A Swiss environmental group has named and shamed companies for the "absurd transport" of goods, including one firm that flew cans of alpine air almost 20,000km for sale in Asia.
The Alpine Initiative wants to fight environmental pollution and make consumers more aware of the environmental cost of freight transportation. It is encouraging members of the public to vote for the worst offenders.
Nominees include Swiss Air Deluxe, which transports Swiss alpine air to Asia, as well as supermarket chain Migros, which sells Norwegian water that has to travel 1,500km.
Aldi also makes the list producing ham in the Netherlands, processing it in Italy and Austria, and finally selling it in Switzerland.
Many of the companies that made the list took note of the nominations.
Swiss Air Deluxe founder Markus Klinkmüller defended the business model, arguing that the capacity in the ships were used on the return voyage.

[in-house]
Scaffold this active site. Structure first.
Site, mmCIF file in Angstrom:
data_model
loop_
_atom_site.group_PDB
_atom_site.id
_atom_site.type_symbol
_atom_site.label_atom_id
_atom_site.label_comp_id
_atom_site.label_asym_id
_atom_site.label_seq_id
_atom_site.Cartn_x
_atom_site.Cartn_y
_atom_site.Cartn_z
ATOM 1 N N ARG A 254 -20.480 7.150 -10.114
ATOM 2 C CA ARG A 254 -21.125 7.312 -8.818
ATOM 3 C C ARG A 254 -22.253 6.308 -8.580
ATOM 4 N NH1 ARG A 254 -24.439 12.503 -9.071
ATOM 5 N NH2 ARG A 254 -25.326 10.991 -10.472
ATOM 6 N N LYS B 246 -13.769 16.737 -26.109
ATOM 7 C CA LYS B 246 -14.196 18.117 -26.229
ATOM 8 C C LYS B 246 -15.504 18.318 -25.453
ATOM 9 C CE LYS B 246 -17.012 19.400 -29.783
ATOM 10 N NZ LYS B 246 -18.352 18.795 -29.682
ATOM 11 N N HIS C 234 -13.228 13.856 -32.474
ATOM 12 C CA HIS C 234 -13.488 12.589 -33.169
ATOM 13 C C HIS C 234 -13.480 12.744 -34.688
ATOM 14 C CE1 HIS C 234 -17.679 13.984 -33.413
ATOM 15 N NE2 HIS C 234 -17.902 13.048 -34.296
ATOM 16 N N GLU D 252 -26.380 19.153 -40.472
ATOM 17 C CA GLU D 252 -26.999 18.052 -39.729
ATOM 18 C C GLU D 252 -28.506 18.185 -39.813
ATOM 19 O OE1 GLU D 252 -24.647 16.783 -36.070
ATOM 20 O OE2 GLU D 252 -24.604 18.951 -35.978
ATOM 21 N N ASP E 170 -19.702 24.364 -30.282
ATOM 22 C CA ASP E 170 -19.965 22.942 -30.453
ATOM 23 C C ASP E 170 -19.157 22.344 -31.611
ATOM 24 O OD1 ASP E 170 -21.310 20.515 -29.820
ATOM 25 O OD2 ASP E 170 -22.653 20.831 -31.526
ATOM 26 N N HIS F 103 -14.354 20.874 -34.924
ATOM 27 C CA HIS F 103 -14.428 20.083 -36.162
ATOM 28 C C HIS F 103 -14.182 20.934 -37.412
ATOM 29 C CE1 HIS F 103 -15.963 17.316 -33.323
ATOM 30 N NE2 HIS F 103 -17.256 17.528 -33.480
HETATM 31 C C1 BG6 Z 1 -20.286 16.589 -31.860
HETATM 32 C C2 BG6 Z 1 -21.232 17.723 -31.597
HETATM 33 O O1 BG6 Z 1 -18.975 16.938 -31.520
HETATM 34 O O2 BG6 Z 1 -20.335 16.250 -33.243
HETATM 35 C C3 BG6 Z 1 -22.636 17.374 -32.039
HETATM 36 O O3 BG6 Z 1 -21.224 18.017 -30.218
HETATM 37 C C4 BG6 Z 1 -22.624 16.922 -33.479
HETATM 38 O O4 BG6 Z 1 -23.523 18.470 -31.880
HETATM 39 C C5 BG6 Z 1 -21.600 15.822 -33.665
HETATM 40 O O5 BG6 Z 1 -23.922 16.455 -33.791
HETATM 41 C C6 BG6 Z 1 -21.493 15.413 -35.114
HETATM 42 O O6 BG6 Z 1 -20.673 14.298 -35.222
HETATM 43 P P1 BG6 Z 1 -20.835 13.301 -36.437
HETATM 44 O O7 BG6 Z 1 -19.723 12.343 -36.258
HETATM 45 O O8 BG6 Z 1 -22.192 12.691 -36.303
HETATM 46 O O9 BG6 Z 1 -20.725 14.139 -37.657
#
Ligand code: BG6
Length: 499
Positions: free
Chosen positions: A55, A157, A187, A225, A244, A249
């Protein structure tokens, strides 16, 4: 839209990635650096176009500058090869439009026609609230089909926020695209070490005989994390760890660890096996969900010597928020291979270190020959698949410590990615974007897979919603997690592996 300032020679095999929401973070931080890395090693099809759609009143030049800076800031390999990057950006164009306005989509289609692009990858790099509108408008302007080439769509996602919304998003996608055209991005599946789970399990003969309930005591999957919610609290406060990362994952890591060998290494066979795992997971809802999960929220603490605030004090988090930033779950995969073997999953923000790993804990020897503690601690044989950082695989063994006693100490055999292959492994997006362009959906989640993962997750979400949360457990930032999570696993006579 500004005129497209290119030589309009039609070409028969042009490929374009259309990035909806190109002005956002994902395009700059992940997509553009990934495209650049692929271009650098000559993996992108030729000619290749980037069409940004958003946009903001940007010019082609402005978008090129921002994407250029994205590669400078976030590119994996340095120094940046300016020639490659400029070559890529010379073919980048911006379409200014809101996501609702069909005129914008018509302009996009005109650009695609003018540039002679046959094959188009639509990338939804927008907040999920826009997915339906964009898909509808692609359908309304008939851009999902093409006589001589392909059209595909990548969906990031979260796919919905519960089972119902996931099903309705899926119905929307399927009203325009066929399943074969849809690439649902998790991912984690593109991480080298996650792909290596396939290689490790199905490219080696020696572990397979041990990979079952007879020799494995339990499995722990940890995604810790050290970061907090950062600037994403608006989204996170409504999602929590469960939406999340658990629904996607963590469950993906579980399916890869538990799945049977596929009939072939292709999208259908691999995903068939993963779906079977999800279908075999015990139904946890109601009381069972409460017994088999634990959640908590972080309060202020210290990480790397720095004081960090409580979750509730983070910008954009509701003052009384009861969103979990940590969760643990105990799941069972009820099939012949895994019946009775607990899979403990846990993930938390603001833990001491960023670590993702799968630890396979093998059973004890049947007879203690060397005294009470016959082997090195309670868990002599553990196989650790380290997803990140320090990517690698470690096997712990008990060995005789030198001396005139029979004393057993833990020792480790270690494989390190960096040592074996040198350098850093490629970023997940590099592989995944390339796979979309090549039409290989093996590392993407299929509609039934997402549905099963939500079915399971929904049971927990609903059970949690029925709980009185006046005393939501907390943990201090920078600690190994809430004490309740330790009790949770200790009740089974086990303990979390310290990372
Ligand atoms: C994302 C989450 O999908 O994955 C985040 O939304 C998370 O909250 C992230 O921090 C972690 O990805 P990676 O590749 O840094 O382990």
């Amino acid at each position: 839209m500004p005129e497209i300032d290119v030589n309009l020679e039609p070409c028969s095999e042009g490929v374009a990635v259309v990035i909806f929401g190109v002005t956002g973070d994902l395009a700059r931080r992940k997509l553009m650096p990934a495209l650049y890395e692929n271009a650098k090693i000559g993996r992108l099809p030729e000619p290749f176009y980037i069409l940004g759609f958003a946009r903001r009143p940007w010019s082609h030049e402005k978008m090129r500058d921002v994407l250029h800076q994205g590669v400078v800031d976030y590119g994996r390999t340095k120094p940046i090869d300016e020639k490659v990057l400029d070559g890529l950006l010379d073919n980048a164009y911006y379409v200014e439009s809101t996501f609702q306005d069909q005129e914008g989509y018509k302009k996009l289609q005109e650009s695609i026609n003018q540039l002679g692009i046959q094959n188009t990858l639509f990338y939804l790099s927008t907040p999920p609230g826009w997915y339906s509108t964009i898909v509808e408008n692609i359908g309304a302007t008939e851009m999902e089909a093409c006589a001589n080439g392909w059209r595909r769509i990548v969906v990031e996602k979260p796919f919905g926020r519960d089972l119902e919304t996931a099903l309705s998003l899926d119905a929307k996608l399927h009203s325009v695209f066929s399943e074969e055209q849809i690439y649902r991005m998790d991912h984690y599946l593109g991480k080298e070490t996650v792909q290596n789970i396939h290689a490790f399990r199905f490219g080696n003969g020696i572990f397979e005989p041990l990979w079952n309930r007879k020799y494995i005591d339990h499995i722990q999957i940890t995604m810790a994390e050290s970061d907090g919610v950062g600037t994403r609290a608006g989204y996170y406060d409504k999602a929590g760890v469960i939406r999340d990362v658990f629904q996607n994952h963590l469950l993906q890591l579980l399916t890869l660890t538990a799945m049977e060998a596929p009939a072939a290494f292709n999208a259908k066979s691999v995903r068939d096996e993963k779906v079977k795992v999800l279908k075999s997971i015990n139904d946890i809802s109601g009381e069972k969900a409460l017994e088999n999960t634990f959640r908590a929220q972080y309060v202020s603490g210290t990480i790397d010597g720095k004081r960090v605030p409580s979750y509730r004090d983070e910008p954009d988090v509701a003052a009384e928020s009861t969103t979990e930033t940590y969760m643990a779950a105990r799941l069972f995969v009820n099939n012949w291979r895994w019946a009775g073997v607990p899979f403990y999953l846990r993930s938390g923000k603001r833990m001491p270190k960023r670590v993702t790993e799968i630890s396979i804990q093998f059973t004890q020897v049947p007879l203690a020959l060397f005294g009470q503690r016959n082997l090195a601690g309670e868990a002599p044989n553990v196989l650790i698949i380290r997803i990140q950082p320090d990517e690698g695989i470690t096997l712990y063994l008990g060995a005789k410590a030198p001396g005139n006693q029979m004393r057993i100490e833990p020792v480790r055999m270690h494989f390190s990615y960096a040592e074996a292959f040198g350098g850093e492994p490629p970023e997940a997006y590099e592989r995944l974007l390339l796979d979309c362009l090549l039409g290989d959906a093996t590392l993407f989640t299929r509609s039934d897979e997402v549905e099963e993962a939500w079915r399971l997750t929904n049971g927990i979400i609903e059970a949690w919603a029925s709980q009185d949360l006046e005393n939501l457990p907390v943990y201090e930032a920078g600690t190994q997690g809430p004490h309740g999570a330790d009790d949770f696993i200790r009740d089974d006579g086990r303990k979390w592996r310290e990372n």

Explaining the product, he said: "The air from the can is inhaled through the lid like a breathing mask and is intended to help combat fatigue."
A Migros spokesperson said that more than 60 percent of the water in its shops comes from domestic sources.
Meanwhile, Aldi claimed that the transport times and loading of the vehicles have been optimised "in order to keep the number and duration of transports as low as possible".
The competition will run until September 15, with the winner announced on 2 October.
But the Alpine Initiative isn't only calling out the worst offenders - it also gives an award to those actively trying to improve their footprint.
Alpine Initiative's Isabelle Pasquier said that 2017's winner was the city of Lausanne, after it stocked mostly local agricultural products in its canteen.
"In 2018, it was [for] a small organisation that served customers tap water in a carafe, to convince both customers and restaurant owners to avoid bottled water," she said.
Pasquier added that in the past 'winners' of the "absurd transport" have changed their ways.
"We make a enquiries to previous winners and must admit that a few have changed their practices," she said.
"With growing pubic awareness, we hope this pressure will make them be more conscious."